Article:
Ethics in Practice : E-Learning Package for Professional Engineers | Graphic version
Why ethics concerns you | What you should watch out for | Where to draw the line |
How to guard against malpractice | Where to obtain help | Quiz game

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Conflicts of interest

How to avoid conflicts of interest
Avoid favouritism

Treat all clients fairly. Do not give any preference to particular clients, that includes your friends and relatives.

Do not provide advice or assistance in official matters that is based on confidential information communicated to you by your employers or clients. If you receive a request for this kind of help, refuse it and explain that it is against the codes of conduct of your company and professional bodies.

Do not testify as an expert witness in legal actions if the case involves a conflict of your personal interest.

Call for collective decisions

Make sure that more than one officer is involved when making collective decisions on and handling tasks that are vulnerable to malpractice, such as procuring materials/services, selecting or appointing contractors/suppliers, tendering and supervising a contractor's work performance.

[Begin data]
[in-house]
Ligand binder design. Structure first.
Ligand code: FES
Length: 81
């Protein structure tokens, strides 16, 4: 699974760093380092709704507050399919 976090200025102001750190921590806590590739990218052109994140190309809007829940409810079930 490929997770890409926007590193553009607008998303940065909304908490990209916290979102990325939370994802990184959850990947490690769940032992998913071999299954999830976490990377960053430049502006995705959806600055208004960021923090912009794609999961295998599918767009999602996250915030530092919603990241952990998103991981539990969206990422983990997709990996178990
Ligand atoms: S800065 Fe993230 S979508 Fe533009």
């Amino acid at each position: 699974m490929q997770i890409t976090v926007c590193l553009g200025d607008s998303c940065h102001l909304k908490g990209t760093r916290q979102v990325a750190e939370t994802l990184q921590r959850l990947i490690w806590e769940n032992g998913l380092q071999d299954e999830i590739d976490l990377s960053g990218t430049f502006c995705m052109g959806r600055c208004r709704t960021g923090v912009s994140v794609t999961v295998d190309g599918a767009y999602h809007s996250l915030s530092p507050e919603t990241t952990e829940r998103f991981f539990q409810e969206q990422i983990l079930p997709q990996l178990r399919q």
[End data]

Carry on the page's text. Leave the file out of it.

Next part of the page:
If necessary, set up an ad hoc task group to make collective decisions on different aspects of a major project.

Avoid conflicting roles

Declare to your employer and your clients any financial interest in any project, supplier, contractor or business related to your official duties.

Avoid accepting lavish and frequent entertainment and playing games of chance, especially involving gambling, with clients, suppliers or contractors that may place you under an obligation to return a favour, lead you to compromise your impartiality or end up embarrassing you in official matters.

Avoid acquiring any investment or financial interest which may lead to a conflict of interest with your official duties.

Avoid borrowing money from suppliers, contractors or companies with which you have official dealings.

Do not take up paid or unpaid outside employment which may give rise to any actual or potential conflict of interest with your official duties. If such conflicts cannot be avoided, you should first obtain the consent of your employer.


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